In the simple example below I have created a pivot table that summarizes the salary for each Manager and breaks the totals down by the Function. At this point I have not formatted the table. I did this by simply dragging Manager into the Column Labels box, Function into the Row Labels box and Sum of Salary into the Values box.

The template for the Pivot Table with the field list items pulled from your data.
The template for the Pivot Table with the field list items pulled from your data. | Source

What I would actually like is a sub-heading for Salary, Bonus, Severance and Total under each Function.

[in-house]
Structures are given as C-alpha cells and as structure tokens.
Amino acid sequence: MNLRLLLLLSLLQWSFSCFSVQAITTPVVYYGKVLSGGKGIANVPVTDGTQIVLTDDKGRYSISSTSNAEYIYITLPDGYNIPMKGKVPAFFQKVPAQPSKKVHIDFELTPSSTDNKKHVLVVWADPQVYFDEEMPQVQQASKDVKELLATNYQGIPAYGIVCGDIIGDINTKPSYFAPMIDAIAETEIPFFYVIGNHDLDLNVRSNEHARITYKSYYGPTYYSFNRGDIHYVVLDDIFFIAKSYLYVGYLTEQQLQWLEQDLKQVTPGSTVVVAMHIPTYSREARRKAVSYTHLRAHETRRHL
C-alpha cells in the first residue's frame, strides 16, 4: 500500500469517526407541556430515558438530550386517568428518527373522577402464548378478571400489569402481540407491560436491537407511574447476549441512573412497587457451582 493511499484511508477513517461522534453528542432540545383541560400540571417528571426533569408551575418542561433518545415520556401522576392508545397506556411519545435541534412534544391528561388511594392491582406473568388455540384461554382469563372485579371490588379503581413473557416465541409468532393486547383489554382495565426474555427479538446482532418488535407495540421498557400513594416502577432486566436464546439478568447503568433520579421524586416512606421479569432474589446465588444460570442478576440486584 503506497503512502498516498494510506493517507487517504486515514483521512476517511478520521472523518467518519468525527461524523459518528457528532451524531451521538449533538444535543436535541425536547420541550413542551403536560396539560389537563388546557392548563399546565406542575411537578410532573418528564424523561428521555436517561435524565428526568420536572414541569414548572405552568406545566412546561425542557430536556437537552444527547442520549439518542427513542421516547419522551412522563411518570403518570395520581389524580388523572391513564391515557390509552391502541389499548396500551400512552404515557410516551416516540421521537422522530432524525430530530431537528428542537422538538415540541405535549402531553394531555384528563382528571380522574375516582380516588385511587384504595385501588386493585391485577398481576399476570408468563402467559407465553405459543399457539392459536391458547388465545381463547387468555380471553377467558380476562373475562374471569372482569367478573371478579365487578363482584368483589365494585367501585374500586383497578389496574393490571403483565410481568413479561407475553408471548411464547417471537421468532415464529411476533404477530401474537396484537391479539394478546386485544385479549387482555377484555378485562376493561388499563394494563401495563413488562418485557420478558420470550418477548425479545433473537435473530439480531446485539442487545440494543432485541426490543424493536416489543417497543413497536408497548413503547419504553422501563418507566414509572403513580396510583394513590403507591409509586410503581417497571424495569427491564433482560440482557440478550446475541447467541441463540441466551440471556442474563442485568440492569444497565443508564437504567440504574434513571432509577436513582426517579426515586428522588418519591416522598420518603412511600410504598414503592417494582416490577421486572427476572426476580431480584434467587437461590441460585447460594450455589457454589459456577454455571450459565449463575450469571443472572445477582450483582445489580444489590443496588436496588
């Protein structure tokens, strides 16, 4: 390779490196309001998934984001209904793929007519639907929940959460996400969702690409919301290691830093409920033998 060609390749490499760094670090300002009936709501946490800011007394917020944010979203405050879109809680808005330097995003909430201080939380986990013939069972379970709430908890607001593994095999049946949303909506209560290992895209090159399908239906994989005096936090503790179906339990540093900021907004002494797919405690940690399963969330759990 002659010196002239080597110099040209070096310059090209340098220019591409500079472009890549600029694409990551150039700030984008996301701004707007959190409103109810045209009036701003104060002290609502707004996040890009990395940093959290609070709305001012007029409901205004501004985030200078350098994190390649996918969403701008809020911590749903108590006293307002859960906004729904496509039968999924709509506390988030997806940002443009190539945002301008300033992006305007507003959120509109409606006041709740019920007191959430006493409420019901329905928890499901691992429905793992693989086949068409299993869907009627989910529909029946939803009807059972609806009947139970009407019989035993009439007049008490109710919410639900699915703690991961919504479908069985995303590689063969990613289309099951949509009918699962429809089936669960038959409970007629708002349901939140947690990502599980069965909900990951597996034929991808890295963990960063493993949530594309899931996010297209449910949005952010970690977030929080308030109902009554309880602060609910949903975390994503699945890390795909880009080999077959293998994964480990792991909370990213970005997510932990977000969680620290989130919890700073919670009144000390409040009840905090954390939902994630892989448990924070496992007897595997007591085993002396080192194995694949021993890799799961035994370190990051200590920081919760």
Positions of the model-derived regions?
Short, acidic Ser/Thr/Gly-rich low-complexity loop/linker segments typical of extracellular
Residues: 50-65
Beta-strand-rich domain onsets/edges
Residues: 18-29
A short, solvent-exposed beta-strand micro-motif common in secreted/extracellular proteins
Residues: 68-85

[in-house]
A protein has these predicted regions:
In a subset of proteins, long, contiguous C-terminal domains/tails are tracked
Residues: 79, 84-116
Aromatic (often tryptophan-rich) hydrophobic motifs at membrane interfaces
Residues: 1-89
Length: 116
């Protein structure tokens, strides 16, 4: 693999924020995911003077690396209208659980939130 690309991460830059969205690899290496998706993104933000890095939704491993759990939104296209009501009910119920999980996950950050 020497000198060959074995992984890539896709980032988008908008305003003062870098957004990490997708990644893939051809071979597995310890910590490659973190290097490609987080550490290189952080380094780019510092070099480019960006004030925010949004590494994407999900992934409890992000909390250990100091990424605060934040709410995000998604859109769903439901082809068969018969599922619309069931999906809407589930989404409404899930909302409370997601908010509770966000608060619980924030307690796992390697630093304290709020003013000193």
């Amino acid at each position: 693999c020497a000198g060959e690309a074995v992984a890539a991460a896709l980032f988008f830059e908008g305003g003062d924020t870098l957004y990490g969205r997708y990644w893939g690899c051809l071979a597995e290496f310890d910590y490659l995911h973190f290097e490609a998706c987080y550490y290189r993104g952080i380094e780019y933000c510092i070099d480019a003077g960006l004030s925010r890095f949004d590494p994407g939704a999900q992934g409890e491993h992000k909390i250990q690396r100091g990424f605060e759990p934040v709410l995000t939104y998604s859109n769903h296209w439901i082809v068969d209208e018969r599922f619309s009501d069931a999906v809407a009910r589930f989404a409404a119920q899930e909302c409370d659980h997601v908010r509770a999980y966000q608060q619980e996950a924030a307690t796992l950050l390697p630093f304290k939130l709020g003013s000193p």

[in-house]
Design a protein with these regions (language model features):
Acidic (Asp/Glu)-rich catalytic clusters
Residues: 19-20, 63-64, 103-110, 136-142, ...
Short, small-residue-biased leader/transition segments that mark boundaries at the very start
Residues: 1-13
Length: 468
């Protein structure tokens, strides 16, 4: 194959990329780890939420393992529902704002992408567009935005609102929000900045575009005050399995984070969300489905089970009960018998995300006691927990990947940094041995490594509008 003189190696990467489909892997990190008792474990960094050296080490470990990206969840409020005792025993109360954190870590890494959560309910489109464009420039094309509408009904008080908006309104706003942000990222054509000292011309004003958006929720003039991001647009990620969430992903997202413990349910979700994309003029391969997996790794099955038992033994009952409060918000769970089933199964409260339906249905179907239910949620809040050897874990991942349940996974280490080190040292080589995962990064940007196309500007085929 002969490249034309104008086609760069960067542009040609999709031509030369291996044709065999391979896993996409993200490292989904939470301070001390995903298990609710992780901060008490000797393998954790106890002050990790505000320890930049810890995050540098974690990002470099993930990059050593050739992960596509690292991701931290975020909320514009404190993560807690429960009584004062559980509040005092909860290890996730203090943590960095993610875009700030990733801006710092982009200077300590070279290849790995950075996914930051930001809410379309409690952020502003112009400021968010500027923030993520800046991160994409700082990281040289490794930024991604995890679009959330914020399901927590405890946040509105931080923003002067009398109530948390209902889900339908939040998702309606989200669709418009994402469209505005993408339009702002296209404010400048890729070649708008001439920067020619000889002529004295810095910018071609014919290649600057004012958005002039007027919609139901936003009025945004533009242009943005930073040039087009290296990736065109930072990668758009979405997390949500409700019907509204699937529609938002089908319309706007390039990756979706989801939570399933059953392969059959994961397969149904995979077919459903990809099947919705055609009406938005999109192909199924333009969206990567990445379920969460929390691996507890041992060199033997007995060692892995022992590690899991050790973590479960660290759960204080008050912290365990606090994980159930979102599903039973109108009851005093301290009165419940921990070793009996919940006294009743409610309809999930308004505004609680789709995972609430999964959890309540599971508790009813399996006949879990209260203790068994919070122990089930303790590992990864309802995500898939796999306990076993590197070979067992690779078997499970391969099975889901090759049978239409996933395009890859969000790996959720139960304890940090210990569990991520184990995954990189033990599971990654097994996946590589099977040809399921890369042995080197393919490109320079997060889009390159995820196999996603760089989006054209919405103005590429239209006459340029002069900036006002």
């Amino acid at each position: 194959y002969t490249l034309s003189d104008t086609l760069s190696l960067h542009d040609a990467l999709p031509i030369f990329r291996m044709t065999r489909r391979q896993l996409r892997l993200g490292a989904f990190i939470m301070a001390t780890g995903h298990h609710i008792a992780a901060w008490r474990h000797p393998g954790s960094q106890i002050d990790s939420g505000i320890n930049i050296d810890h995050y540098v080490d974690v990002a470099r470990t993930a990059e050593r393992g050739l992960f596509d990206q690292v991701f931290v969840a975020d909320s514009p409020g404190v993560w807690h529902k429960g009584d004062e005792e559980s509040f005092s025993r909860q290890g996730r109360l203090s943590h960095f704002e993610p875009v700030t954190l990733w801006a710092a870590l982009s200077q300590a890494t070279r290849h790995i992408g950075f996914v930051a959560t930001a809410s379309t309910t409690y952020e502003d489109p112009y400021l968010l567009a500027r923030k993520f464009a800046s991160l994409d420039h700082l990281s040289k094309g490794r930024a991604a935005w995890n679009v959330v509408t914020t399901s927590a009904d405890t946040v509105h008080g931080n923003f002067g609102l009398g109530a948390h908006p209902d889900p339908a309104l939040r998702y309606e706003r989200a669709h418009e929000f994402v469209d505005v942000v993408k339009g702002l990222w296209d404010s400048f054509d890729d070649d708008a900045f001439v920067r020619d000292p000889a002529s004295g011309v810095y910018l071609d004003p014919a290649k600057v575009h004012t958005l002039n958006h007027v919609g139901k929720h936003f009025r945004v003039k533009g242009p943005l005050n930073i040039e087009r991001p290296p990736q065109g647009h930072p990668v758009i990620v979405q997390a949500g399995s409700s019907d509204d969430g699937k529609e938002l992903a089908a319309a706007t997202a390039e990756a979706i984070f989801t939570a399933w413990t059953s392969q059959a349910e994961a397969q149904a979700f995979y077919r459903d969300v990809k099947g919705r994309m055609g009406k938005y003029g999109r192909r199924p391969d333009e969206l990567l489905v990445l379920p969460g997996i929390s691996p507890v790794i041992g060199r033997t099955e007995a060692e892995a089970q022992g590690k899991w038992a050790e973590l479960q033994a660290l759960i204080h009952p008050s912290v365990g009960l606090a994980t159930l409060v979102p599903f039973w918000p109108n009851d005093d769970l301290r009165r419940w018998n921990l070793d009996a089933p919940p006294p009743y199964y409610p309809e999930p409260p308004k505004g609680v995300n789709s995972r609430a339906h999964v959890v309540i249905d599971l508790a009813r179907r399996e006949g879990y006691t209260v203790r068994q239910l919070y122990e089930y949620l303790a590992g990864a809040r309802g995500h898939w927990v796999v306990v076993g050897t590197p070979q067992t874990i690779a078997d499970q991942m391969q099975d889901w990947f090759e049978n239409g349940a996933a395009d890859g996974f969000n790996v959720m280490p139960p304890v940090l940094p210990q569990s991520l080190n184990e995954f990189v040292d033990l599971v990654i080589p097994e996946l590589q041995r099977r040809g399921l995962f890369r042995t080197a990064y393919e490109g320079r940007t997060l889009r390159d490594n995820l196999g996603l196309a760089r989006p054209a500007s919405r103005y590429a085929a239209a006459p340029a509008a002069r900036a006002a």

• Drag Bonus, Severance and Total into the Values box.
  • The pivot table defaults to Count of Bonus etc. so click on each added element, select Value Field Settings and choose Sum.
  • The pivot table also automatically adds these as column sub-headings. Simply drag the element Values from the Column Labels box into the Row Labels box.
  • I’ve decided that I only want to see data for active employees and therefore I will filter the pivot table. Drag the element ActiveTerm into the Report Filter box.
  • In cell B1 there is now a drop down arrow – click on this and click on Active – the pivot table now shows only data relating to Active. (Note: if you had multiple entries in ActiveTerm you can use the select multiple items check box in the drop down to choose more than one element to report).

Adding extra sub-headings to the pivot table.
Adding extra sub-headings to the pivot table. | Source